Thursday September 30, 2010

Powerful Testament

The University of Dayton is creating a campus culture in and out of the classroom that shapes the values of students, according to a Catholic and Marianist Philosophy of Education survey.

Most students say their participation in the life of the University of Dayton has strengthened and shaped their values, made them more aware of the needs of others and encouraged them to become more involved in the local community.

In the classroom, more students then ever — particularly business majors and graduate students — say their coursework has shaped their values.

Those are the major findings of the Catholic and Marianist Philosophy of Education survey commissioned by the board of trustees' mission and identity committee. The survey offers a snapshot of how well the University reflects its educational mission on campus and beyond, offering comparisons to a similar survey conducted in 2006.

(Download a pdf of the survey's executive summary)

"The findings are a powerful testament," said Bro. Tom Giardino, S.M., chair of the committee and executive director of the International Center for Marianist Formation. "What does it take for the University of Dayton to create and maintain a culture that values its religious heritage? This survey, with its lights and shadows, offers some answers."

The Business Research Group conducted the online survey of faculty, staff, students, alumni, parents, trustees, Marianists and community leaders. Other key findings include:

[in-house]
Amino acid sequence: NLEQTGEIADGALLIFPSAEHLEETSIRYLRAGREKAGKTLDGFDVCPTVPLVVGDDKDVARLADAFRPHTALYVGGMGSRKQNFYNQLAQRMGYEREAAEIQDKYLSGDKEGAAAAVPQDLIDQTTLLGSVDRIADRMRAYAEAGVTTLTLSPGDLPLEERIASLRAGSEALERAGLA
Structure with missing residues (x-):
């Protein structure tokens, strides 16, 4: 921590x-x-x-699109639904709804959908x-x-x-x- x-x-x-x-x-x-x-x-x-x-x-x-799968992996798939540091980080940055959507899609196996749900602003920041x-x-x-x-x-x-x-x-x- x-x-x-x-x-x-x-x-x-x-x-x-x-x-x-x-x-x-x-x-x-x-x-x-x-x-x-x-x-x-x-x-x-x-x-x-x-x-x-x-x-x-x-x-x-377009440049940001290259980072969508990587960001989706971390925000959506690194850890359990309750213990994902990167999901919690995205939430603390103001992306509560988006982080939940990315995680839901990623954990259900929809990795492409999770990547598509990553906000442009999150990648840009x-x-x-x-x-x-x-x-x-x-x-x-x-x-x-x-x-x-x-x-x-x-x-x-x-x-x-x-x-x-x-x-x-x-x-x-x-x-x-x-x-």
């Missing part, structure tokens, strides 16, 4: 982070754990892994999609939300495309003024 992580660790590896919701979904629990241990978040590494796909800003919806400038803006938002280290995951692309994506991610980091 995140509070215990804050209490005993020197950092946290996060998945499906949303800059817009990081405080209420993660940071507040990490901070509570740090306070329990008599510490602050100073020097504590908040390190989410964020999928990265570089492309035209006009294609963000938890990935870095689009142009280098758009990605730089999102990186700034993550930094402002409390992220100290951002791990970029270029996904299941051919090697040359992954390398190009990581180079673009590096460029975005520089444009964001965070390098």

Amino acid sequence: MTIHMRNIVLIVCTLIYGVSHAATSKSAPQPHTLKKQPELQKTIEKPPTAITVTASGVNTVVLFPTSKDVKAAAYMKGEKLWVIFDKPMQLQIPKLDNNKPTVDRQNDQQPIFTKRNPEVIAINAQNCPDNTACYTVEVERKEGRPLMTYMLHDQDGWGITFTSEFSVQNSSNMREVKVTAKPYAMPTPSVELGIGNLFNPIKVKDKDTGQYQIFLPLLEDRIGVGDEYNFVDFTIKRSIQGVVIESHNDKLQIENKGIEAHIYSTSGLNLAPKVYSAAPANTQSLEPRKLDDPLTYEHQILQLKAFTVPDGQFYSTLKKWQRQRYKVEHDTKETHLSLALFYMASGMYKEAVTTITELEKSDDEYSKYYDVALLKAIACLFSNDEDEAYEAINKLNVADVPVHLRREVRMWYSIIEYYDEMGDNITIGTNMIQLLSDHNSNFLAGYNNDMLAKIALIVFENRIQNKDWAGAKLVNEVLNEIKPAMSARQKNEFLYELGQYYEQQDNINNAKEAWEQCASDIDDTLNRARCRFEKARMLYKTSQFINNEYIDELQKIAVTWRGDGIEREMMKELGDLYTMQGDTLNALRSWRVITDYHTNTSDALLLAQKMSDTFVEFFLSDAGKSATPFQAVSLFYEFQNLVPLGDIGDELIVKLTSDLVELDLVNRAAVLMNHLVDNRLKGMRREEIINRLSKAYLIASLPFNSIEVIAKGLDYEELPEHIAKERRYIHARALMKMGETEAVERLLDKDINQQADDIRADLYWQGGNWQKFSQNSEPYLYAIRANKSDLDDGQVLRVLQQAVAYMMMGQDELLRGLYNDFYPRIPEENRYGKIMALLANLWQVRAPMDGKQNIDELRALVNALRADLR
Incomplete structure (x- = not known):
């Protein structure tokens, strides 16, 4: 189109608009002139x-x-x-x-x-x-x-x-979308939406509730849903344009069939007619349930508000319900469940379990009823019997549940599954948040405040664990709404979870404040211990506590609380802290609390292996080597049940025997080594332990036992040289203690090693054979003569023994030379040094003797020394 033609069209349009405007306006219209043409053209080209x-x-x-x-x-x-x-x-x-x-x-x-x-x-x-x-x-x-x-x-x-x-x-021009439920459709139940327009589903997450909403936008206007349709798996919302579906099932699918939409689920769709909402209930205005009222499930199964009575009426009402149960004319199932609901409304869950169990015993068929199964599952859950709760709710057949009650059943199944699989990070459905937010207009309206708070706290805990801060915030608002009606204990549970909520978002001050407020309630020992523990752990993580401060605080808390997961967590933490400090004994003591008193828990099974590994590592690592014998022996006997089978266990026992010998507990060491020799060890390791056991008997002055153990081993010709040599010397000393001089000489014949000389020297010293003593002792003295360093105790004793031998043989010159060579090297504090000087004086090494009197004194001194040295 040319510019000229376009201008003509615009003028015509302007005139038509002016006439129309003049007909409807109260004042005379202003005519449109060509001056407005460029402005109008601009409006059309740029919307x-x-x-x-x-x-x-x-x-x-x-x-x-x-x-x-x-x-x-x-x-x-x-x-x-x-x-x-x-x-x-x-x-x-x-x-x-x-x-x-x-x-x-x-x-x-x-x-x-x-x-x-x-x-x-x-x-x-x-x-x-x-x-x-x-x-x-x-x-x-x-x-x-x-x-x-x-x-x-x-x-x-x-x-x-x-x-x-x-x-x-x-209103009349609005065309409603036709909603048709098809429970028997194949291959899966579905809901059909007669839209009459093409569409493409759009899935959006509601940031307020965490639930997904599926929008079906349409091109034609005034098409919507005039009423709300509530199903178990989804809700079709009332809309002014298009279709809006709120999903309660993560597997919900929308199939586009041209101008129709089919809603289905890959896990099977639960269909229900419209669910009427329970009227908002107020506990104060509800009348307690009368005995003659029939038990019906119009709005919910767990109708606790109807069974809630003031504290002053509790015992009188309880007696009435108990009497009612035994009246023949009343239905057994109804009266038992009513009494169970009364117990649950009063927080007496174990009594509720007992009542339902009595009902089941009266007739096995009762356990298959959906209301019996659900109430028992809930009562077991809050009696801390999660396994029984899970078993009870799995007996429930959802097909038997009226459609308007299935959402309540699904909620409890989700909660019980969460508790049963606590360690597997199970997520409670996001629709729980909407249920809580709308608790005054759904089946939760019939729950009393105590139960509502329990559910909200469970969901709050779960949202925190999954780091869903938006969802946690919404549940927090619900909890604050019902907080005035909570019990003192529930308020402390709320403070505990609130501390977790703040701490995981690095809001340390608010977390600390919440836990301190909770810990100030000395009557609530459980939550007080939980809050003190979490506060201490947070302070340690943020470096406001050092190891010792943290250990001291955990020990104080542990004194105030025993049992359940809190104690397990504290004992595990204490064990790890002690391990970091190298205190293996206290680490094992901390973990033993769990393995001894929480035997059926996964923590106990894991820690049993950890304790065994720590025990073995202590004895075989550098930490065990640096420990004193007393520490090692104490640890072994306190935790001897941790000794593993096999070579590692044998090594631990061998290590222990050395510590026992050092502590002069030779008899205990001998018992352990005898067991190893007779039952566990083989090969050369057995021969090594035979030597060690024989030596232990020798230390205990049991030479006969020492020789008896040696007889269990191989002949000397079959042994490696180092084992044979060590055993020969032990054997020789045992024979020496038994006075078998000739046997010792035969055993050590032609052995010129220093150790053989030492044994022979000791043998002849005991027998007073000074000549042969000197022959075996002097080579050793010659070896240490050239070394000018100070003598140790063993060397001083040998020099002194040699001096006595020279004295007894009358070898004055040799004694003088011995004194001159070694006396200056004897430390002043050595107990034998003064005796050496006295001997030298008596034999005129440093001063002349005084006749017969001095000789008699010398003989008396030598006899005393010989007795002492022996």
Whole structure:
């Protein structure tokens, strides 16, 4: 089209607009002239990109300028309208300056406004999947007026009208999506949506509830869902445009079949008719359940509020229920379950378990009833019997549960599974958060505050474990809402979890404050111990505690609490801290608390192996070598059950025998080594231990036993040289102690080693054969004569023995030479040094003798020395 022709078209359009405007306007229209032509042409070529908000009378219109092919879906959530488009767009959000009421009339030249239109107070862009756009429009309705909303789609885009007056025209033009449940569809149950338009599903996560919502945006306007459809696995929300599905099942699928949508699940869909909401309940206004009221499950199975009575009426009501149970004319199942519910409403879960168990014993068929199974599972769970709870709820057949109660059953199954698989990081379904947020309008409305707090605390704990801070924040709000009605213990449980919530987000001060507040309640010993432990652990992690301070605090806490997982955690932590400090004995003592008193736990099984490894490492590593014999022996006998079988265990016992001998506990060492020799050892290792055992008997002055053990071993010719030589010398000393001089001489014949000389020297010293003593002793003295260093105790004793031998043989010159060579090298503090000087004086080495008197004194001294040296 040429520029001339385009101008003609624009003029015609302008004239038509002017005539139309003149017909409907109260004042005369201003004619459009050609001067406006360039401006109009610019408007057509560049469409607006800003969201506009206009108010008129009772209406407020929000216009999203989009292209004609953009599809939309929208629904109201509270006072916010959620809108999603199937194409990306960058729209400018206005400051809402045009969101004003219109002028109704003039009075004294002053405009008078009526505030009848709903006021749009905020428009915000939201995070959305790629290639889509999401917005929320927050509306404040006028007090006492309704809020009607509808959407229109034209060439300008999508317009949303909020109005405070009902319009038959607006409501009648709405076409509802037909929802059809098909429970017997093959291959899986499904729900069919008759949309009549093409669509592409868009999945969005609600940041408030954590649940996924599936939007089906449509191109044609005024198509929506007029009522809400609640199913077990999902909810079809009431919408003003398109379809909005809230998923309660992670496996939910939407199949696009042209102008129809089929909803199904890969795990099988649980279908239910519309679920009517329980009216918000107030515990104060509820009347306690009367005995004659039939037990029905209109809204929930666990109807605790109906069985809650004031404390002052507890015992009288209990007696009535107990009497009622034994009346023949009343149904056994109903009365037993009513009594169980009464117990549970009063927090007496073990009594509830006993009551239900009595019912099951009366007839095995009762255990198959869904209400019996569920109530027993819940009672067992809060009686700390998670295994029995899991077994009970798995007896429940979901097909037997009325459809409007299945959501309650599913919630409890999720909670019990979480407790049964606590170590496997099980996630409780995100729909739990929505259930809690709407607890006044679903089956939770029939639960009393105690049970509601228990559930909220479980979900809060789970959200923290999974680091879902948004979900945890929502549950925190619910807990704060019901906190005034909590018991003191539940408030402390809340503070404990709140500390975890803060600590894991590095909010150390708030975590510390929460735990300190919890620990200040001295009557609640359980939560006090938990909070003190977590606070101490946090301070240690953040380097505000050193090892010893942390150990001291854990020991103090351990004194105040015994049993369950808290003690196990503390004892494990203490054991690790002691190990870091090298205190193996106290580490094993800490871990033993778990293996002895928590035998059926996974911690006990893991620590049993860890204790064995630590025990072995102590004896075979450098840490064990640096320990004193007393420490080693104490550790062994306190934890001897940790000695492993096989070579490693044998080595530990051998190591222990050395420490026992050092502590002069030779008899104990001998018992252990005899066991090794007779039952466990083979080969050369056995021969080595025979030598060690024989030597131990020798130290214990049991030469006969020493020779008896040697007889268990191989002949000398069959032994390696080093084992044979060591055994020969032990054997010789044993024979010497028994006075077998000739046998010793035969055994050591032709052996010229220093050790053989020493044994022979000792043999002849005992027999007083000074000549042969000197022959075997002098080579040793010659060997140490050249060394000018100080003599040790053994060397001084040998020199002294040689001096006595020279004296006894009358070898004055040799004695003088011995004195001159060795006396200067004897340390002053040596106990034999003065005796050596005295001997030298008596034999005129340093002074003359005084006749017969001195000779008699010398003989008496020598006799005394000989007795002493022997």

• All groups believe the University reflects its Catholic and Marianist philosophy of education "very or extremely well," but implementation can be more effective on campus and in the wider Dayton community.
  • A greater percentage of students, faculty and staff today say the University has made improvements in educating for service, justice and peace.
  • More trustees, students and faculty believe the University educates for adaptation and change. All trustee survey takers hold that opinion.
  • Students, staff and administrators today are more likely to believe that the University provides an integral quality education.
  • Three-quarters of faculty, compared to two-thirds in 2006, say the University educates in a family spirit, one that builds community.
  • The percentage of faculty and students who regard providing an education for formation of faith as extremely or very important remains high, but lower than other groups. Two-thirds of parents, compared to three-quarters in the last survey, believe the University realizes this Marianist tenet well.

"In today's culture, if two-thirds of the people think formation of faith is important, that's encouraging to me," Giardino said. "When people think of faith, they think of Campus Ministry. It's more than that. We're creating a climate that values ethical behavior."

The survey verifies that the quality of teaching remains high on campus. "The percent of students who describe their relationship with faculty and staff as poor is almost non-existent," according to the survey.

For more information, contact Teri Rizvi at 937-229-3255 or